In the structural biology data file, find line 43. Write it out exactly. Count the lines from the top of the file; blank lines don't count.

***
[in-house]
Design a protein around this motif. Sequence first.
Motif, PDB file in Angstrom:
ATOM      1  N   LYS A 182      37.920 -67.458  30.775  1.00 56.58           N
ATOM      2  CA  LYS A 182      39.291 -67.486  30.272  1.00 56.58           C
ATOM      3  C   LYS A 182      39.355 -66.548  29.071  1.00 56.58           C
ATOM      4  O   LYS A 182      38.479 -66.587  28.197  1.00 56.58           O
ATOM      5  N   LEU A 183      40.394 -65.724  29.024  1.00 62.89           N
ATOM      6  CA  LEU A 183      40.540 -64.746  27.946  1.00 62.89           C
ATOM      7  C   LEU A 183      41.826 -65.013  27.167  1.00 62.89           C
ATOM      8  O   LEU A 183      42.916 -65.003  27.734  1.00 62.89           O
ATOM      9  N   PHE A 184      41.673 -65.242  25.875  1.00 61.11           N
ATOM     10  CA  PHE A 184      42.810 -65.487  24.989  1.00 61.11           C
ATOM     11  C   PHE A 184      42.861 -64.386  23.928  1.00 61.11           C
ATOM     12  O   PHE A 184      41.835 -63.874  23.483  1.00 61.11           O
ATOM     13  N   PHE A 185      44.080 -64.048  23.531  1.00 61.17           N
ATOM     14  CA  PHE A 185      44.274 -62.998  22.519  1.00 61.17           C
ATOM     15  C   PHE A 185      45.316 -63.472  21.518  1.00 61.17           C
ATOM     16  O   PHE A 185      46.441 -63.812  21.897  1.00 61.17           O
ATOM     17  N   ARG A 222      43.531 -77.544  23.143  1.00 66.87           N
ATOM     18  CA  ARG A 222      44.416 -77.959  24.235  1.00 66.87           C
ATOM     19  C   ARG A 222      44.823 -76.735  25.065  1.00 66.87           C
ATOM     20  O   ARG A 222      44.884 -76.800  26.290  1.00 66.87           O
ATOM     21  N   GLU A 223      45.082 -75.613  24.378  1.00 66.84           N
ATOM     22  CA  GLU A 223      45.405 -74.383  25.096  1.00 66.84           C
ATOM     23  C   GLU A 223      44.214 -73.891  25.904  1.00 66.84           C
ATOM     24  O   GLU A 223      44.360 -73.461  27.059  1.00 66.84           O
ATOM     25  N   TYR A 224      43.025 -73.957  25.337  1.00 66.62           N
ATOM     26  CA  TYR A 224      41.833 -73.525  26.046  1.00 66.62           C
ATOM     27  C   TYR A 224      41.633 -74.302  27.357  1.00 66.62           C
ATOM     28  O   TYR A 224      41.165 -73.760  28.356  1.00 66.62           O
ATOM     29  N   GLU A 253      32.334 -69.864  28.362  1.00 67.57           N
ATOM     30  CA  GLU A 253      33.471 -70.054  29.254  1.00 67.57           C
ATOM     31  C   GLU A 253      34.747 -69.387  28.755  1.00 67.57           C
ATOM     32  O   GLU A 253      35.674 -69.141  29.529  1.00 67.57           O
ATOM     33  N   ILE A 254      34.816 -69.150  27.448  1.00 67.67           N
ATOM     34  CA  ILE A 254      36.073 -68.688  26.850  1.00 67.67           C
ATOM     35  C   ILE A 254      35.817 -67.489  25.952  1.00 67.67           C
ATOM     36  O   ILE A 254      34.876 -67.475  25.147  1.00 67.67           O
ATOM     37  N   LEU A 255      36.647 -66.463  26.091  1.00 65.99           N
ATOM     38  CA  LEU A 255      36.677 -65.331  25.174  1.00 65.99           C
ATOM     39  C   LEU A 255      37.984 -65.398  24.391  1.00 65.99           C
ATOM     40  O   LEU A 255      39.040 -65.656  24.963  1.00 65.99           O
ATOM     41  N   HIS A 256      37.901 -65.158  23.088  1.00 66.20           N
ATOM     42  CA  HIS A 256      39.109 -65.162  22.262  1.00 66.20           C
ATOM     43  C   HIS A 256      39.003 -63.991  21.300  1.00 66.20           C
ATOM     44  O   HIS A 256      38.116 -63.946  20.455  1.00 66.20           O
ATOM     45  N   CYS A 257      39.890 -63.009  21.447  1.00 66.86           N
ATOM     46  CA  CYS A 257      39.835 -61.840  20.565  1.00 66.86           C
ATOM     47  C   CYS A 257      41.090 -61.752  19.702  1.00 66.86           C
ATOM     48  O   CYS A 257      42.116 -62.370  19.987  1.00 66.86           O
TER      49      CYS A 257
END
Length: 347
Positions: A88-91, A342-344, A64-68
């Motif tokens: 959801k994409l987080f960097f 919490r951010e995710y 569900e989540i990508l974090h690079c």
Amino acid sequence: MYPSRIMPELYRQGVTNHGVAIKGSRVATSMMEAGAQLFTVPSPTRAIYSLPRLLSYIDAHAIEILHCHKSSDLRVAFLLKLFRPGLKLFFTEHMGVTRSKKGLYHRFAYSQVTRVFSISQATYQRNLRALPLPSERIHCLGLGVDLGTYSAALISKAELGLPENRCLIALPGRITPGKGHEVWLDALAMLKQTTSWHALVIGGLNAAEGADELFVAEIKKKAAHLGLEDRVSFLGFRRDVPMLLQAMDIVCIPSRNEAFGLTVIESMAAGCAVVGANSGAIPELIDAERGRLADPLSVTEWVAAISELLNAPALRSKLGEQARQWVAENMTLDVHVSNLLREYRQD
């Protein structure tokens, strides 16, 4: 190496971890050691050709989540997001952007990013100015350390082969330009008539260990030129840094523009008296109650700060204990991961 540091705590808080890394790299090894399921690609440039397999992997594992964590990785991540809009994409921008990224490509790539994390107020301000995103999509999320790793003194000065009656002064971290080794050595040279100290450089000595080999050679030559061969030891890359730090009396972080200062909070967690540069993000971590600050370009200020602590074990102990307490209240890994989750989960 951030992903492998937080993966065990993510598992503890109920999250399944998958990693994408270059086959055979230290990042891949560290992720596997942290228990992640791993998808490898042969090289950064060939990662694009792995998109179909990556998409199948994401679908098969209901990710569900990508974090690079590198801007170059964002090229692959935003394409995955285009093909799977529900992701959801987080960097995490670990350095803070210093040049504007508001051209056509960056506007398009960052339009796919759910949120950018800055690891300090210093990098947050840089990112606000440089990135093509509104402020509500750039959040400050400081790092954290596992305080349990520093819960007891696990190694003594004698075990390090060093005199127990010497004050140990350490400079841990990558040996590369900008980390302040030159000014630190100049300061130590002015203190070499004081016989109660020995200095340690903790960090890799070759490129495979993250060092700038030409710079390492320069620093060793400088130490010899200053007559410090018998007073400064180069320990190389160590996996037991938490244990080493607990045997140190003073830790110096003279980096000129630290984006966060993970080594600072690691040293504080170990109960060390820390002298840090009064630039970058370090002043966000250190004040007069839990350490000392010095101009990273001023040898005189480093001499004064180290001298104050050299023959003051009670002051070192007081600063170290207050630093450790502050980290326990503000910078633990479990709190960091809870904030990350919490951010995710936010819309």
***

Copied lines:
ATOM     40  O   LEU A 255      39.040 -65.656  24.963  1.00 65.99           O